Allies are pretty standard, and without Arwen as a hero, I’ve added her in ally form. She adds some willpower to questing, and defense to Aragorn. Her twin brothers are also here, as usual with my Lore and Spirit decks. They are able to also receive the Ranger Bow, which is a card I really enjoy, especially with relatively low-threat decks. These two can either quest, or can exhaust to damage enemies in the staging area, which can deal with the Moria Bats, or any Nameless enemies that I don’t have to immediately engage. With orc enemies in the Encounter Deck, they of course can also ready when optionally engaging an Orc enemy.

The Dunedain Lookout is a standard body, but he can also receive the Dunedain Pipe for more hand filtering and card drawing. Also, he can negate the pesky Goblin Follower When Revealed effect along the way. Lastly, the Silvan Refugee is a generally great questing ally that I love to play because they are so cheap!

Opening Hand and Strategy

As with any deck that includes Glorfindel, I try to get Light of Valinor in my opening hand, but otherwise, I would like to see Protector of Lorien, or some card draw to start. Also, it’s good to have Arwen in the opening hand. There aren’t many cards you need right off the bat (besides Light of Valinor for the action advantage). Since the quest will inevitably wipe out your Item, Weapon, and Armor attachments, those cards aren’t ones you need or necessarily even want to see immediately!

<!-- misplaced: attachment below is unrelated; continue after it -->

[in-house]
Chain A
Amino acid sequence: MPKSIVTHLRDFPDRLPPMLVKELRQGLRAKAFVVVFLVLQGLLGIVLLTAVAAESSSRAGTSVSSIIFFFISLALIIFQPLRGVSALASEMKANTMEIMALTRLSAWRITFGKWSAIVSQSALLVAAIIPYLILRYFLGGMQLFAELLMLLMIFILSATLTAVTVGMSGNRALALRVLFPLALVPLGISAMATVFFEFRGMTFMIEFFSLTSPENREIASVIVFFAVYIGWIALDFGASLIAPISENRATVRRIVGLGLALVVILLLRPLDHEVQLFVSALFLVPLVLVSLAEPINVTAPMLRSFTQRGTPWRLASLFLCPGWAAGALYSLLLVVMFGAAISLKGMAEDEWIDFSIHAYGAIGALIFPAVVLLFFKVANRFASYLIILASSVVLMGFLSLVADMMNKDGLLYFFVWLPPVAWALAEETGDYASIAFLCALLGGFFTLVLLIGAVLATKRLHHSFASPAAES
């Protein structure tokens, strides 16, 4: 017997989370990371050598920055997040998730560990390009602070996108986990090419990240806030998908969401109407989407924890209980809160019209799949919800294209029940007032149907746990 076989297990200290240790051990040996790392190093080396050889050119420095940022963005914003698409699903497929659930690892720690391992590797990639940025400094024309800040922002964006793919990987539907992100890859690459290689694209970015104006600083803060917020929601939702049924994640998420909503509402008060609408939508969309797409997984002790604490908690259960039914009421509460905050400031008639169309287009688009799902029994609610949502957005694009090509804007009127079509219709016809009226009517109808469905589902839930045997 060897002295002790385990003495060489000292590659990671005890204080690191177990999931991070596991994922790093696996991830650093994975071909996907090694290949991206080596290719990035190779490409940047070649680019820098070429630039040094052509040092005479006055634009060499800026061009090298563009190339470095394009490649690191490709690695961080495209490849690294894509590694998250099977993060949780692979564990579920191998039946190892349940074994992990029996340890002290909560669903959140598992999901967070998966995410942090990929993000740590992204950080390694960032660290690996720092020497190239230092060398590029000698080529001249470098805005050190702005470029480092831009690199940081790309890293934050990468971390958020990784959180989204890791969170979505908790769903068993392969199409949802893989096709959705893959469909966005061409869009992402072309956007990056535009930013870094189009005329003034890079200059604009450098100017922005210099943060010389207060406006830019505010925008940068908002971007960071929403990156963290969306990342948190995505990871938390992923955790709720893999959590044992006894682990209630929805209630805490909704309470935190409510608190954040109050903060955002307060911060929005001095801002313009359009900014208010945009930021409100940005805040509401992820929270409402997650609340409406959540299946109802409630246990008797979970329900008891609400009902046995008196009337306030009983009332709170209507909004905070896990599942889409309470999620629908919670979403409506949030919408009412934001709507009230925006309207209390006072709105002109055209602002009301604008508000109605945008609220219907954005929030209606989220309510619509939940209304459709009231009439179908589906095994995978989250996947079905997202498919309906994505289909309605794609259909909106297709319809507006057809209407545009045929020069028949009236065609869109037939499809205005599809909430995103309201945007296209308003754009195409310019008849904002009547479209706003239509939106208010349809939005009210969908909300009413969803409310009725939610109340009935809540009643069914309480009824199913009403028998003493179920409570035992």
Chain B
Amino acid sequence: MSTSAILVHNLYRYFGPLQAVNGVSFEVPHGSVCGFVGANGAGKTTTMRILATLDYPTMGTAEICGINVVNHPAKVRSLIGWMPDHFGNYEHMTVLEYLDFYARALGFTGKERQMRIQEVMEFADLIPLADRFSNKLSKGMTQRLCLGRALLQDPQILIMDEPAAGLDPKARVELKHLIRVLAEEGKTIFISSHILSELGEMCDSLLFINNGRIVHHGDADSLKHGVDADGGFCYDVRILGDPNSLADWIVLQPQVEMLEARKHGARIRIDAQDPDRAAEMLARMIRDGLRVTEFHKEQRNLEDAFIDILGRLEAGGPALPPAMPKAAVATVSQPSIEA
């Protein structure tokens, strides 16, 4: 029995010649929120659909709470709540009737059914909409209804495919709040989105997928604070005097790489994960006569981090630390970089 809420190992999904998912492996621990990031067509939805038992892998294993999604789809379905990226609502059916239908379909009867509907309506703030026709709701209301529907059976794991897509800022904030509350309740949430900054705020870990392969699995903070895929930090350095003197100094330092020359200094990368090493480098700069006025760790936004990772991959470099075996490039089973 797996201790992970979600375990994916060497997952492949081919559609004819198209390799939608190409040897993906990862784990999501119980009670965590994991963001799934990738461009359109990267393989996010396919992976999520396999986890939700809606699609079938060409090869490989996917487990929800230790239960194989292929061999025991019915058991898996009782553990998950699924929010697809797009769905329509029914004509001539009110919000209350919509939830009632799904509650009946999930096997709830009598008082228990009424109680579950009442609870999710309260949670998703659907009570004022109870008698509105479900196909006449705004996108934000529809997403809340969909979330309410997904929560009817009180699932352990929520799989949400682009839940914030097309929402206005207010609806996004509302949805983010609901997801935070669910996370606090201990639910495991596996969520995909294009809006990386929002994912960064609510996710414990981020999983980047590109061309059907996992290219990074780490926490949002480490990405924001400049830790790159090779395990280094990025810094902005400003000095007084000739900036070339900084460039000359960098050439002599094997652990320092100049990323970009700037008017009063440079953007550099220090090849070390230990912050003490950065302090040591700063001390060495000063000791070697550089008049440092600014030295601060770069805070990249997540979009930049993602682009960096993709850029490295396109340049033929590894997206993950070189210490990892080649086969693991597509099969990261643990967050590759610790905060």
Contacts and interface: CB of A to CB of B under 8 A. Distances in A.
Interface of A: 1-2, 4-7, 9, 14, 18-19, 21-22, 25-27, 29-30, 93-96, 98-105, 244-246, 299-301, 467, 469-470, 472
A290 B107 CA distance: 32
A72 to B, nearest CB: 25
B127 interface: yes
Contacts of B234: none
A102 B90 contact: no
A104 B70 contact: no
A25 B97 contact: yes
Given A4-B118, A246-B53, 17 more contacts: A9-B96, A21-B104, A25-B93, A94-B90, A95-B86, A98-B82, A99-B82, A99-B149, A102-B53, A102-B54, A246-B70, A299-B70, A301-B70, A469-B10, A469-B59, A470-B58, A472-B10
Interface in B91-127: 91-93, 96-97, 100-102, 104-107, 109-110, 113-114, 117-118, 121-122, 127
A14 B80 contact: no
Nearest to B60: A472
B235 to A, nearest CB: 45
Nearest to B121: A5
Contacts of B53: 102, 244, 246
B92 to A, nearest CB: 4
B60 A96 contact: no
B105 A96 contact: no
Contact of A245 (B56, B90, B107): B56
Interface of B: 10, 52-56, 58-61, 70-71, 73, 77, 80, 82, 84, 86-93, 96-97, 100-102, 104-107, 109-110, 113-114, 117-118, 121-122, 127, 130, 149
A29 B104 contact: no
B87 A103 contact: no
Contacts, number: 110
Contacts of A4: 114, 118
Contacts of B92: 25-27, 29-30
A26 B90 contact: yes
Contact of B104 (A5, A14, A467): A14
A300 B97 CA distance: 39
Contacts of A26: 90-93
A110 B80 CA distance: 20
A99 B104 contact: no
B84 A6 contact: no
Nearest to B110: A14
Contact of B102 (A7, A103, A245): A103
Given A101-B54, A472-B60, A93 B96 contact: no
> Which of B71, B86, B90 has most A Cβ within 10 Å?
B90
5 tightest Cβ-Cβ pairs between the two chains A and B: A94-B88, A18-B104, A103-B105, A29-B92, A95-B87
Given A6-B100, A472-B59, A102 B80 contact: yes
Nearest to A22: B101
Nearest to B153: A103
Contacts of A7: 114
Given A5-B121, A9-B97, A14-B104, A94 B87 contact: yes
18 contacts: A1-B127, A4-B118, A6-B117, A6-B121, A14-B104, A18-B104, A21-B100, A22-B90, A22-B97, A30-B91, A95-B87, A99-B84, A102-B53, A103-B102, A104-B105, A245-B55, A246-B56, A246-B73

I avoid playing those types of attachments for most of the game, simply for that reason. However, some attachments like Athelas or the Dunedain Pipe are valuable to play before the Wash Away stage, simply because Athelas is played when you need to heal, and Dunedain Pipe is useful along the way, and can be replaced later. The Mirkwood Long-knife is one you don’t really want to play and get discarded.

Also, due to the fact that the Nameless enemies will receive your own cards attached to them by some effect, I’ve kept my card cost very low. Only 4 cards have a cost higher than 2, with Elladan and Elrohir being in the deck at only 2 copies, each, and costing 3 resources. The Dunedain Pipe can actually help you later in the game, if you have it early, because you can place cheap cards at the bottom of the deck, so that the Nameless enemies receive those 1, or 0-cost cards and have low attack and low hit points! I would not recommend putting a spare copy of Elrohir on the bottom of the deck with the Pipe. Instead, I would discard that extra copy with Legolas’s ability, or with Daeron’s Runes.

Because of the low cost of many of my cards, the Nameless enemies do not pose much of a threat in the end! With Legolas receiving his knives later in the game, and Glorfindel attacking, I can handle them easily. Also, in the end, with only a few named allies, and some generics, I can easily handle questing with only committing 3 allies to the quest, on the Stage 5, which limits how many allies you can commit. This makes Legolas with the knives, and the ability to ready Aragorn, handy again, as it means my attacking characters aren’t useless for questing.

The random ending to this quest is a fun opportunity to replay it, to experience the various Stage 4 cards. The worst, I’d say is the Old One Lair, simply because revealing 4 cards in solo, is pretty tough. Otherwise, I also hate the Shivering Bank, since it discards your entire hand and reveals 2 cards. Playing solo, however, negates the cool aspect of “splitting up” from your party.